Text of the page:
If it feels like a bubble, it probably is. Except, maybe if it’s not… or maybe it is, depending on your perspective.
If are trying to get a sense of direction of the financial markets, your head may be spinning right now.
The stock market just reached all time highs despite a crippling pandemic that forced millions out of work. And bitcoin is up over 330% in the past year pushed by institutional investors and more FOMO. If history is any teacher, both of these markets are giant bubbles on the verge of bursting. However, as you may have heard a million times in the past 6 months, these are unprecedented times.
Trying to get a sense if we are in a financial bubble can be exhausting. If you stay in the markets and it bursts, you are going to kick yourself. If you get out and we continue our meteoric rise, you will also be kicking yourself. Financial pundits are no help either. They are good at examining factors of both sides of the equation but they are never of any real use.
In fact, here is an image of a financial pundit after they just told you we may or may not be in a bubble…
The problem is that a case can be made for both sides of the equation. And it really does depend on your perspective. Sorry, this is no help either .
David Rosenberg is a long-time market bear who served as Merrill Lynch’s top North American economist from 2002-2009. He makes some valid points in favor of a stock market bubble.
“Based on our market valuation work, we are anywhere from 20% to 30% overvalued, ” he told CNBC’s Trading Nation last week. “What’s holding the boot together is basically zero interest rates. As long as rates remain where they are…this bubble that we’re in is not going to burst any time soon.”
So, I guess that’s a maybe from David.
He does have solid reasoning here. Despite what the market is showing, the economy continues to struggle amidst record high unemployment. In any other universe, such massively negative factors would drive the market down into a massive hole.
However, unlike the 2008 financial crisis which also saw record unemployment, this depression wasn’t created by an economic factor like the housing market crash. It was created by a virus that caused a massive quarantine.
The market could have absolutely baked that into its factoring already and now expects a continued rise with the incredibly fast release of a vaccine. Because if the fundamentals remain strong, the vaccine could put a lot of people back to work very quickly, especially in the retail and hospitality sectors and this market run could continue into the foreseeable future.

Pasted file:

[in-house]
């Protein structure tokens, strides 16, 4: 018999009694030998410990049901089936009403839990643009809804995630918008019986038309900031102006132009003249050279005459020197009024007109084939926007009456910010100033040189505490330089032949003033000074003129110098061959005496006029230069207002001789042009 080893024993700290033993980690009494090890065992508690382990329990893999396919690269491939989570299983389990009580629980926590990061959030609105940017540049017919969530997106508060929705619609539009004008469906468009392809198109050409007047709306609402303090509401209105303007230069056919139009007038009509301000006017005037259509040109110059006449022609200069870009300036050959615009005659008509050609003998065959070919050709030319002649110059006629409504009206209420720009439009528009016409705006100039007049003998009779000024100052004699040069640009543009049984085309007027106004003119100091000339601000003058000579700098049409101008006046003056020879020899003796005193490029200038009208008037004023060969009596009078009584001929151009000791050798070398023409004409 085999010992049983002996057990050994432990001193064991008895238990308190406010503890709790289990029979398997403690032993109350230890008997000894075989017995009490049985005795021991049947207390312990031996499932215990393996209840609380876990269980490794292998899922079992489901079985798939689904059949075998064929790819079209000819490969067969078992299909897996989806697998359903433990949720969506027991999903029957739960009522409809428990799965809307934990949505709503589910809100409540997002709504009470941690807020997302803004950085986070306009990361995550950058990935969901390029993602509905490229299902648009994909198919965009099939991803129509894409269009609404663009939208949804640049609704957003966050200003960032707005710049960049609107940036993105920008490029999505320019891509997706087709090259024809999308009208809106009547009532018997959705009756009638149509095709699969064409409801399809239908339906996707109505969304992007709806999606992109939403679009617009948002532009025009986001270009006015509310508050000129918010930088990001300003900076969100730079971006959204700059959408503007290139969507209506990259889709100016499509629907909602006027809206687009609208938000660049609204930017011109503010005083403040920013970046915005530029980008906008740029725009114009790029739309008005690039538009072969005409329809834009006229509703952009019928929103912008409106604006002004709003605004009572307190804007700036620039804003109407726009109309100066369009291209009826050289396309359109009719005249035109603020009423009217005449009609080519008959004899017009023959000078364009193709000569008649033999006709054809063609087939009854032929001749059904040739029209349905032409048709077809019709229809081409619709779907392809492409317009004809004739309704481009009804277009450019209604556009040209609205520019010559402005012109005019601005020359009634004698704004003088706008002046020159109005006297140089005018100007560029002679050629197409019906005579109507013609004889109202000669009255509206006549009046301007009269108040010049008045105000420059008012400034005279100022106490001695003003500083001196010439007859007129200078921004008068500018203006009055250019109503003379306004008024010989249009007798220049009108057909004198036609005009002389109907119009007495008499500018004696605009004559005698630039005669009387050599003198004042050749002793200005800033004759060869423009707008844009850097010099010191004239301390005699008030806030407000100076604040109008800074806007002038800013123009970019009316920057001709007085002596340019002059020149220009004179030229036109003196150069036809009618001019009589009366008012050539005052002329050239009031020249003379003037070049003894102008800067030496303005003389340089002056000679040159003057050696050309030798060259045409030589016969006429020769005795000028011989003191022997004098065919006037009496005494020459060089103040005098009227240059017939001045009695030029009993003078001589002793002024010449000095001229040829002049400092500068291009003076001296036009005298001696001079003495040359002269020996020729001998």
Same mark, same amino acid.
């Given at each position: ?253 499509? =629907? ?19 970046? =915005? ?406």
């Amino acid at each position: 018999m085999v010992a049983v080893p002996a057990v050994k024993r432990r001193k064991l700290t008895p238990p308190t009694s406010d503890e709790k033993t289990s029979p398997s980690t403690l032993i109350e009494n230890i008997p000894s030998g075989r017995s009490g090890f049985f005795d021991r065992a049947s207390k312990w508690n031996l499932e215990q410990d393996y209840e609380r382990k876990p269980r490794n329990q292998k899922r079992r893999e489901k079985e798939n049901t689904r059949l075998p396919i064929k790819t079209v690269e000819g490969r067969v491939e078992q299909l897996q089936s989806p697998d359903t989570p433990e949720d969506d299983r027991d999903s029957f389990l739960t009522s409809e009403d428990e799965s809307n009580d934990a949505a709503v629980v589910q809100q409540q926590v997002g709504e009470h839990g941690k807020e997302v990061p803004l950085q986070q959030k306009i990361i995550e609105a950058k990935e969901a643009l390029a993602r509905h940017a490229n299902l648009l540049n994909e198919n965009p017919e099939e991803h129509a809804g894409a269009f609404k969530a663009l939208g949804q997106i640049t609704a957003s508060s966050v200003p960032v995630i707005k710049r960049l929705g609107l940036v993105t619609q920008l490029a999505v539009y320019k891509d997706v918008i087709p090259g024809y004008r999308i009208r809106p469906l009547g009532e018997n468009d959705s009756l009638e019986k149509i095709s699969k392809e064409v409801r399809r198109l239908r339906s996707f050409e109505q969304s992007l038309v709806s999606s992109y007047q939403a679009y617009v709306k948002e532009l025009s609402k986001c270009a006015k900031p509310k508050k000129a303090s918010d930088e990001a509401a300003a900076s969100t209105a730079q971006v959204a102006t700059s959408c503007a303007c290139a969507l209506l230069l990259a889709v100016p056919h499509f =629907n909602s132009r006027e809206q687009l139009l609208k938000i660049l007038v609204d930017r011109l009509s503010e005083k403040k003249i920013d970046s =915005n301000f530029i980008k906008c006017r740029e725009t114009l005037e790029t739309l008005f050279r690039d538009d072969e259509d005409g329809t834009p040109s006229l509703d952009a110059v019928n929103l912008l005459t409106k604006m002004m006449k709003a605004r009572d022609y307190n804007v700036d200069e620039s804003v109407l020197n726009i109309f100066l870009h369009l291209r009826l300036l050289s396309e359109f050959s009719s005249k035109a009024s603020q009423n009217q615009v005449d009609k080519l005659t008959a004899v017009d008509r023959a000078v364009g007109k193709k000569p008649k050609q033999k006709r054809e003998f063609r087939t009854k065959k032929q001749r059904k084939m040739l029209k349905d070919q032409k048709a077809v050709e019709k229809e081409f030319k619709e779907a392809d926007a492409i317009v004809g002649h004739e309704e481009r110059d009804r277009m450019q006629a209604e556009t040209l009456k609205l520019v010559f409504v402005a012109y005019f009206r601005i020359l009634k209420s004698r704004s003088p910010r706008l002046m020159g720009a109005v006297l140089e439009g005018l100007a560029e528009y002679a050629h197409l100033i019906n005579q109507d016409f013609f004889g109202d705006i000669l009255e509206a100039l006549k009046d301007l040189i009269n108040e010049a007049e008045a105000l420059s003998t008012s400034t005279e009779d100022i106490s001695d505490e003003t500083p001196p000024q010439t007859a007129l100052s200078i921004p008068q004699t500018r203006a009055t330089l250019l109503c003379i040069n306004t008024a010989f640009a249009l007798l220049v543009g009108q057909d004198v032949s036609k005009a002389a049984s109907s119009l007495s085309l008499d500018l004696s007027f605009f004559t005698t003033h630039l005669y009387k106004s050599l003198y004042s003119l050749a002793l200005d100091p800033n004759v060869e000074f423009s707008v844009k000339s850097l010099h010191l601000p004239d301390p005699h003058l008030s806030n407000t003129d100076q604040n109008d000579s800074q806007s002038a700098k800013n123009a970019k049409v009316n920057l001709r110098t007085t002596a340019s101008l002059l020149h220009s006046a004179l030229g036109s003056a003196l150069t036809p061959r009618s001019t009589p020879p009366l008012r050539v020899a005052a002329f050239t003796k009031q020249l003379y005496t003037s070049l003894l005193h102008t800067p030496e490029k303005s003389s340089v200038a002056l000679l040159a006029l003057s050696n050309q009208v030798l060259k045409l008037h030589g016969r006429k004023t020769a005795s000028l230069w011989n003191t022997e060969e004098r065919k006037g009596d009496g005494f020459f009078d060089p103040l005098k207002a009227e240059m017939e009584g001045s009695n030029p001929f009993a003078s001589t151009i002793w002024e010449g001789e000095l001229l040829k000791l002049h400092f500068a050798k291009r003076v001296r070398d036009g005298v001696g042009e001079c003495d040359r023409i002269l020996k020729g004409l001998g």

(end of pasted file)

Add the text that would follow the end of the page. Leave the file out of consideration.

The Bitcoin situation is even harder to read than the stock market. Primarily because this asset class is still so new, so there is no real precedent to look at when determining its direction.
If you recall, Bitcoin’s meteoric rise in 2017 was 99% driven by retail investors’ FOMO (Fear Of Missing Out). If you also recall, hundred of thousands of people lost their shirts during the ensuing crash that saw Bitcoin drop to lows around $3,000.
The following years, Bitcoin saw a stabilization as fringe, alt-coins were regulated and consolidated and a better understanding of Bitcoin and blockchain were unveiled.
So why is it different now? With Bitcoin at all time highs, testing $35,000 and a 330% gain in the past year, many investors are waiting for the other shoe to drop.
Especially, Peter Schiff, a notorious gold bug who has had it out for Bitcoin since day one.
Recently, Schiff said of Bitcoin, “The only valid reason to buy Bitcoin is thinking the bubble will get much bigger before it bursts.” Schiff paints a decent argument. This does feel a lot like 2017, with FOMO on the rise again.
Two quick things though.
Schiff already has a built in bias since he is one of the world’s largest gold bugs. And the primary defense of Bitcoin is that it is a better store of value against the dollar than gold is. And if Bitcoin can take market share away from gold as a digital currency, gold will depreciate.
The other factor is that, yes, there is a lot of FOMO right now but much of it is coming from the institutional side as opposed to the retail side in 2017.
Mainstream adoption of Bitcoin is quickly on the rise with major institutional investors piling into Bitcoin. Large companies like PayPal and Fidelity have made moves into the cryptocurrency. It also received endorsements from major investors like Paul Tudor Jones and Stanley Druckenmiller.
So, while the rise in Bitcoin does feel a lot like 2017, mainstream adoption and better understanding could keep this rocket fueled for the near future.
It was a weird year. Stay extra alert, do your own research, and make sure you are properly diversified to counter anydownside.